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Twitter is For Twits

So we’ve all heard that Twitter is the new “hot” thing, but is it really?  While Twitter may be hip and cool personal use, there proves to be many disadvantages to utilizing it for your business, especially when it comes to the dental field.  There are three major issues that stand as a barrier when it comes to Twitter in the dental realm, which include target disconnection, voice choice, and time.

Disconnection Between the Client and Dentist
Let’s say you’ve just activated your Twitter account and things seem to be going well.  You have lots of followers and your tweets are perfectly crafted.  But when taking a closer look, you discover that out of your thousand faithful followers, only a small percentage of them actually fall into your designated target audience.  Sense a problem?  Twitter is great for attracting numbers, but not great at narrowing who your actual followers are.  This disconnection also exists quite easily because of how Twitter followers are set up.  Followers have to choose to follow your Twitter updates.  This is not like a direct mailer or billboard where the target is forced to see your advertising.  These mediums of the advantage of the target driving past your sign or checking their mail everyday naturally.  However, by the simple act of not clicking on your Twitter account, they never receive a single update.  Let’s face it, Twitter makes you easy to avoid.

Voice Choice
The big selling point on Twitter is how interactive it can be between the client and dentist.  However, what tone are you going to give your online voice?  Many a site will tell you to remain professional.  On the other hand, lots of sources swear by making personal connections with clients by tweeting personal shout outs or updates about your life in order to connect.  The dilemma between too personal and too corporate is fine, and can lead to inconsistency and less client/dentist connection than before.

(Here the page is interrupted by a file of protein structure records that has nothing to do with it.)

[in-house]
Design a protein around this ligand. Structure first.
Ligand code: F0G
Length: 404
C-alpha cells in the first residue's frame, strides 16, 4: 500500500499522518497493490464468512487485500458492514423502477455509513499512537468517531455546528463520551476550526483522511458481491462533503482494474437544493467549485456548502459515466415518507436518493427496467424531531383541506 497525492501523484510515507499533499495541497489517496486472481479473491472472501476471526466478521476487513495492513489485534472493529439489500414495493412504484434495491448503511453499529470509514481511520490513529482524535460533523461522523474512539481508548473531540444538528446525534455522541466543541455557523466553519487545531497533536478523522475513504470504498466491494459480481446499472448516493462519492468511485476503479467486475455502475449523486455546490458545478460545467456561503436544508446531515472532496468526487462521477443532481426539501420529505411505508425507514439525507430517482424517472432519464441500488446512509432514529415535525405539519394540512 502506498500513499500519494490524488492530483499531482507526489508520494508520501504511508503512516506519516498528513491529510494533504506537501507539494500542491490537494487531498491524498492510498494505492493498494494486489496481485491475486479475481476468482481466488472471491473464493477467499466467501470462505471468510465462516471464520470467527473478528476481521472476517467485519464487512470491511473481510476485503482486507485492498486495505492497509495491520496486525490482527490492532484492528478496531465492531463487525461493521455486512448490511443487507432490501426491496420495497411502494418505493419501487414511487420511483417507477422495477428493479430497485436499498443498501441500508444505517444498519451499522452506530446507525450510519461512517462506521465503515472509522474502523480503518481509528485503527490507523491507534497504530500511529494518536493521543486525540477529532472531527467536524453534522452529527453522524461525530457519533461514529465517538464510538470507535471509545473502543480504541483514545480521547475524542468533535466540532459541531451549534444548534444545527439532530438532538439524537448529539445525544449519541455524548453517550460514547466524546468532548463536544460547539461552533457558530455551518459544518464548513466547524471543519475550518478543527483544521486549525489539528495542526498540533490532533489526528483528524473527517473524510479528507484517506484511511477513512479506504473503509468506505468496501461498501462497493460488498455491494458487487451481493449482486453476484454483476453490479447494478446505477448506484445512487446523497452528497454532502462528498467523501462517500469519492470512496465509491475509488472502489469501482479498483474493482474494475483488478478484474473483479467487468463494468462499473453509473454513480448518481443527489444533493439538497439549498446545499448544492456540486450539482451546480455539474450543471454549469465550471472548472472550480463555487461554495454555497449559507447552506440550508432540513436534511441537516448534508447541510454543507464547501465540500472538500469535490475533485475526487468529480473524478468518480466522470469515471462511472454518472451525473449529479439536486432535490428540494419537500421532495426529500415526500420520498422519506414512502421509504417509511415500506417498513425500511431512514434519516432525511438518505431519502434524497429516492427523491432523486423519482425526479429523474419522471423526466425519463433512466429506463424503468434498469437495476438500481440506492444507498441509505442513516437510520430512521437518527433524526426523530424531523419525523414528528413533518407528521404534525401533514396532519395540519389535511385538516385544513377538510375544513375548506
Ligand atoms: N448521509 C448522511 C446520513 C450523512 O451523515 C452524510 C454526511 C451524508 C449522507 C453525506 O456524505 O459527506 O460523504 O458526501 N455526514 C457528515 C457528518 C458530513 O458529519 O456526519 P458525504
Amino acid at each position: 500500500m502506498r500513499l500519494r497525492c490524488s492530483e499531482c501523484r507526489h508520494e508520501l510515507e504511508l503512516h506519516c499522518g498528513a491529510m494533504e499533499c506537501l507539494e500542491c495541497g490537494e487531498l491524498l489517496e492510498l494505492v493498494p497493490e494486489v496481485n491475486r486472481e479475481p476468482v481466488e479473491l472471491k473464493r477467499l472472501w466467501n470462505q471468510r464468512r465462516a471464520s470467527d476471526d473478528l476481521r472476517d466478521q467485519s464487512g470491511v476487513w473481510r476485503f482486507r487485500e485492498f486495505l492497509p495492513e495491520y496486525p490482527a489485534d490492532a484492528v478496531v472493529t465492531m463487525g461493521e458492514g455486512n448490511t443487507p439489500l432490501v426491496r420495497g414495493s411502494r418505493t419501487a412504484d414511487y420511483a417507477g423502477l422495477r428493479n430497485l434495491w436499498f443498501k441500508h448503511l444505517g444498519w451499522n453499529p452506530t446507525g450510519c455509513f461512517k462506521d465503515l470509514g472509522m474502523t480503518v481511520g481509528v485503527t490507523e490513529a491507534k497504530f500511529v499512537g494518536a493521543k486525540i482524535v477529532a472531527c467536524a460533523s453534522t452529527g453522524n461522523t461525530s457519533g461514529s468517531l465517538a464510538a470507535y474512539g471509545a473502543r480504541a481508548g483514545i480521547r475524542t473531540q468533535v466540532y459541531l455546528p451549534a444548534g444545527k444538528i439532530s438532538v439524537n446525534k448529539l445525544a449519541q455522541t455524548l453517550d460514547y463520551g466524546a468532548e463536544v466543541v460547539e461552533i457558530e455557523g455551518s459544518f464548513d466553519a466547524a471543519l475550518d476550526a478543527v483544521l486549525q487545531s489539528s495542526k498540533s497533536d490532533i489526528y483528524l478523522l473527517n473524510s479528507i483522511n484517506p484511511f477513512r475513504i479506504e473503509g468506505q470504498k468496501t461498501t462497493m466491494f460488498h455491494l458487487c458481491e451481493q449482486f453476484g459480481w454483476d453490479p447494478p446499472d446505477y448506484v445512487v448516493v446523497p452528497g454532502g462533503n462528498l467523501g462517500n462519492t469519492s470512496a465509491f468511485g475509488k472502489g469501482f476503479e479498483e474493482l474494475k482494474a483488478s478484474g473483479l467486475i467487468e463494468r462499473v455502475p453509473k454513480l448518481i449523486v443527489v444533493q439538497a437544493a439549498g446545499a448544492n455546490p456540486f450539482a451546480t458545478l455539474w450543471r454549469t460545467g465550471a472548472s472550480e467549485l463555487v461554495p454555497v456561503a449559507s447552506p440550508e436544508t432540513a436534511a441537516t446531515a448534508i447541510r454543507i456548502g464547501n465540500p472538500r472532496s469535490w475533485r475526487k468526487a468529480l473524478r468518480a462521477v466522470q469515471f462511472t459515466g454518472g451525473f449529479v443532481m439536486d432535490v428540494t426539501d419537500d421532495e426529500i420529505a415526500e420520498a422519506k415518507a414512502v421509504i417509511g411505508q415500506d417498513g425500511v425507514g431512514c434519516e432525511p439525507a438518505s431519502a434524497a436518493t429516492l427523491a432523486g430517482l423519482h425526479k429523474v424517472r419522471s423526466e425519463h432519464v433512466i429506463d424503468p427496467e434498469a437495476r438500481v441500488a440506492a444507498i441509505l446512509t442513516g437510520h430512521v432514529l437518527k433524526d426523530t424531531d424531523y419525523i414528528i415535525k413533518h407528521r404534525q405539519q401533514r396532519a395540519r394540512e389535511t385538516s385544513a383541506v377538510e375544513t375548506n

Time Intensive
An important factor to remember is the time and labor that are required for an active and successful Twitter account.  This isn’t an email that gets sent out once a month to your patients.  This is a medium that demands updates multiple times per day.  Not only is this time and labor intensive, it is also inconvenient and will potentially take away from the performance and efficiency of whomever is responsible over the postings.

Convinced Yet?
While Twitter has proved to be quite successful for many businesses, it is vital to accurately assess your dental practice to determine Twitter’s effectiveness for you.  Don’t just hop on the bandwagon in an attempt to “stay up to date”, make sure to evaluate all your marketing options before making any decisions.  There are many other proven marketing methods available to the dental field.Twitter-Oops

Photo via Lauren MacEwen

 

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